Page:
6/24 Daily December
Hia. Last night I whizzed out and got cushion pads for these cushion covers. They are made from the Cider Mill Road book by Nancy Halvorsen with as close a fabric as I could to the original.
I’ve been busy hand sewing these appliques onto tea towels which came from the Tilda Creating Christmas Gifts book. The 2 of the left are unfinished. Today’s task.
Daughter created Macintosh the dragon for me. We watched Miami Ink on TV where a Japanese artist was showing a different technique of tattooing and we liked the look of the dragons, so daughter drew one. I had to share as he looks as if he is rubbing his hands together in a miserly fashion- so funny!
This wonderful parcel arrived from Ulla in Finland! Such wonderful beauties hand made gorgeousnesses. The angel is utterly adorable and will go on the tree. The beautifully made sack, zipped purse and matching pincushion are wonderful. The latter 2 will join me in my sewing classes. The corn dolly is going to join the others on the wall. Thank you Ulla so much. You will see what is happening to the edibles later.
This parcel came from Tracy in Norway. The parcel smelt of Christmas thanks to a pack of Christmas tea. There are beautiful turquoise fabrics (wonderful!) chocolate and caramel sweets and a beautiful pair of earrings she made. The bluey green stones are exquisite. She has an Etsy shop too.
So instead of morning coffee we are having tea with Ulla and Tracy. 🙂 What a wonderful way to spend a morning.
The little dresser is as ready as it’s going to be unless I make more for it. The shapes hung from the handles have a little frankinsence essential oil added each year. There was a story I read about a man going into a little village church one very wet day and suddenly the old smell of incense filled the air even though it hadn’t been used in the church since before the reformation. The damp had released the smell from the wet plaster where it had been soaking it in for 100s of years. Aren’t smells amazing- one wiff and you can be a child again smelling your grandmother’s cookies. 🙂
Cotoneaster and frost
Your daily angel.
Now back to Ludlow Castle. Click to read. We were going onward and upward.
We have just come in through this door at the top of the steps. To our right:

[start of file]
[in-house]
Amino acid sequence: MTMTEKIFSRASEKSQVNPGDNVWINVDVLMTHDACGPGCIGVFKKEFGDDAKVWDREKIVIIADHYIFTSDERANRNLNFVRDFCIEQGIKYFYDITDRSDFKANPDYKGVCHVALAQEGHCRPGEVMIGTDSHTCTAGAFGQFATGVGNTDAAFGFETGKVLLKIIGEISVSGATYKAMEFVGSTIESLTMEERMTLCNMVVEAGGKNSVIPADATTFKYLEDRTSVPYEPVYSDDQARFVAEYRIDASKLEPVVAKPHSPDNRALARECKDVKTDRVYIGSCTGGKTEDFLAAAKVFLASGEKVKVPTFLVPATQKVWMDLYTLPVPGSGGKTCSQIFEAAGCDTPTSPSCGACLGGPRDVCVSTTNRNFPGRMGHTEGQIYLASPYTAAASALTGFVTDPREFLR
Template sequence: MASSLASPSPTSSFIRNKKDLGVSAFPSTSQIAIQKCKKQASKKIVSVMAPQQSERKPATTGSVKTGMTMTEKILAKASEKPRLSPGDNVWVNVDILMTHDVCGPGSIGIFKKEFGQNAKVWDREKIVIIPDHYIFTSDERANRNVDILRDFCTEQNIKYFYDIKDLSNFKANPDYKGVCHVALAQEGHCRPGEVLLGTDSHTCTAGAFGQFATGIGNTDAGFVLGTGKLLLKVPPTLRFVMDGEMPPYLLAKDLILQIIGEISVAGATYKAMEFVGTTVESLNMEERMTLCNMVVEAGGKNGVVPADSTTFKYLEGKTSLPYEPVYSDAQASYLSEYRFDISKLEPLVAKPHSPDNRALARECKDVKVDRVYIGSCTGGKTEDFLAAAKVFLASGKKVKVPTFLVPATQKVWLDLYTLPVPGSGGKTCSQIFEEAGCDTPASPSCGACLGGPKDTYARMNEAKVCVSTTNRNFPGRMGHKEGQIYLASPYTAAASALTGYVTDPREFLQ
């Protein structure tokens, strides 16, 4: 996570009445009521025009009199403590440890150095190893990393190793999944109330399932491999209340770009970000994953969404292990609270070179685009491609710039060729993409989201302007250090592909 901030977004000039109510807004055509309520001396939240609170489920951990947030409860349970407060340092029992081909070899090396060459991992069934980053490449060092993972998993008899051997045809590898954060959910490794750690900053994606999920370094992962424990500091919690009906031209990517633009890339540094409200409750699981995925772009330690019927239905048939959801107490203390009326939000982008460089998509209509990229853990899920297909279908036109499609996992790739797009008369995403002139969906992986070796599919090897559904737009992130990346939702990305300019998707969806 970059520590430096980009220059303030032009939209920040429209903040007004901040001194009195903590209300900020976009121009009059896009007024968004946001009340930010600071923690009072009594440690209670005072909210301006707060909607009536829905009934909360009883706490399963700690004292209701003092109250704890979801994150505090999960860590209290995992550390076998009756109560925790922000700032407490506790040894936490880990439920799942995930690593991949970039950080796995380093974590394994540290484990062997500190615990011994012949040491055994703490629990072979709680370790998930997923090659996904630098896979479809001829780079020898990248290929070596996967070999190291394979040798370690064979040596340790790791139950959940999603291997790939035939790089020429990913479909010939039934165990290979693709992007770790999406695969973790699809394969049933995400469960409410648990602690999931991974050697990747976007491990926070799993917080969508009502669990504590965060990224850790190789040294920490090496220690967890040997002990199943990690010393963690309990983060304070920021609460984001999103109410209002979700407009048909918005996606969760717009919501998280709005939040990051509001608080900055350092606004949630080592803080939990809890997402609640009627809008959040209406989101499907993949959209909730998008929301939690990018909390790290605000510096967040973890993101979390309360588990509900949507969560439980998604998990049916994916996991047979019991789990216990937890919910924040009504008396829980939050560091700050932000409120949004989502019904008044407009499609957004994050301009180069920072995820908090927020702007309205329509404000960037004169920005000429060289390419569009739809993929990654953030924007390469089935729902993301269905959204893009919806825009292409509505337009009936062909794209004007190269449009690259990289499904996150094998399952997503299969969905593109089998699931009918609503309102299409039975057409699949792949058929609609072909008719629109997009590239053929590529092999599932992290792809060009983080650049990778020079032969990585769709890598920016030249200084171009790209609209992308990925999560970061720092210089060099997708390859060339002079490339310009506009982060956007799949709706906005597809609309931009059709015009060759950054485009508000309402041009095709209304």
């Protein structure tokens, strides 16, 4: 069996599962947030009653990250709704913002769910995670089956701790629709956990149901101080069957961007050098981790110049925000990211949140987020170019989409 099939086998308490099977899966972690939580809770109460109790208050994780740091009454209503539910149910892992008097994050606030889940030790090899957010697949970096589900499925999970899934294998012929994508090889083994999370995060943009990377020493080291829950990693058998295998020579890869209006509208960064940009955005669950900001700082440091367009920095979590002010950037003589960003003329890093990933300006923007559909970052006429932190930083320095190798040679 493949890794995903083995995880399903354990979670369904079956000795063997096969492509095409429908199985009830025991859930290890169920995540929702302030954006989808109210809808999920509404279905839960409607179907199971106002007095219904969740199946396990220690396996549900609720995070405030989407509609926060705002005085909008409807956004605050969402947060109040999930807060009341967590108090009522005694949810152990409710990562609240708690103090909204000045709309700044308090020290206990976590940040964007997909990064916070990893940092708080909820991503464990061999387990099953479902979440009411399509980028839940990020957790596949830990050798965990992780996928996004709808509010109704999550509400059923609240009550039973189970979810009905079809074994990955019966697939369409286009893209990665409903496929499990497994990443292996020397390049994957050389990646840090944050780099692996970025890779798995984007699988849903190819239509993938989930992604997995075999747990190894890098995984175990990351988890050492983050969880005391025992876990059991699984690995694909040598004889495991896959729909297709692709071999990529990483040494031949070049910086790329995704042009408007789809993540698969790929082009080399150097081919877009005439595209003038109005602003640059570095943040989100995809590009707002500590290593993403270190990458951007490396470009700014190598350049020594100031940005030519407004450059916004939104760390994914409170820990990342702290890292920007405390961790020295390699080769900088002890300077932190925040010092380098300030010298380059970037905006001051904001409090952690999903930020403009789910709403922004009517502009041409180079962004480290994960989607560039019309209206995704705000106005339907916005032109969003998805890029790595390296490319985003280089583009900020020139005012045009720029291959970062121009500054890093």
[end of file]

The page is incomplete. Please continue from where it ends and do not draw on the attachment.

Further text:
Maximum light from minimum glass. Early “glass” could be made from the layers of horn in cows feet laid flat.
Doorway. Can you see the earlier arch above the square molding? Wall can often tell a story of their history.
The chimney looks so odd without a floor or roof.
Another alteration where a window became a chimney. This was Mortimer’s Great Hall- place for maximum swank, entertaining on a lavish scale.
To our left:
Guess which doorway we’re going through!
Yep up the tiny turret steps. The view is looking good although the frosty wind is biting our hands through the window gaps.
but what a view!
These were to the left as we came up those ramshackle steps. These were the Lord and Lady’s apartments.
I don’t think anyone would want to attack the castle from this direction.
The river was high- you can see a water meadow from it’s flooding. Too many sites like this have been built on in England in recent years and then the people get flooded. The councils shouldn’t allow it.
Remains of a fireplace- you can see how the stone has turned pinky from intense heat.
At the top moss and grasses grow over the battlements.
One last look before we return to the ground out of the wind.
This wall tells a tale of having had other buildings possibly even made of wood against it. There are the remains of lead flashings of an apex roof, doorways and windows. They must date from a more peaceful time than the one which needed a castle to rule the area.
Click to read about the castle keep- the last bastion of safety if the castle was attacked. The outer bailey (4 acre mini village/courtyard) would fall 1st to the enemy so you would retreat to your inner bailey. If that fell then the keep was the last resort.
I have never seen a well this big before! I guesss it was fed from the river originally, but there would’ve ben a lot of people at the castle not to mention horses, brewing beers etc.
Some plaster intact in places.
You can see the thickness of the walls.
This huge archway led nowhere. You can see from it’s semi circular foundation that it is built on the natural rock.
This room was below the ground level. It had 2 doorways in the wall on the left which just led to one another. It seemed pointless, but perhaps there were plans that didn’t happen?
Window up to the ground level. The walls were incredibly thick.
Coming back out of the inner baileyand over the bridge to the outer bailey we saw this to the right.
A grotto made from one of the castle rooms where the children could visit Santa.
Tomorrow we leave the castle and walk through Ludlow town.
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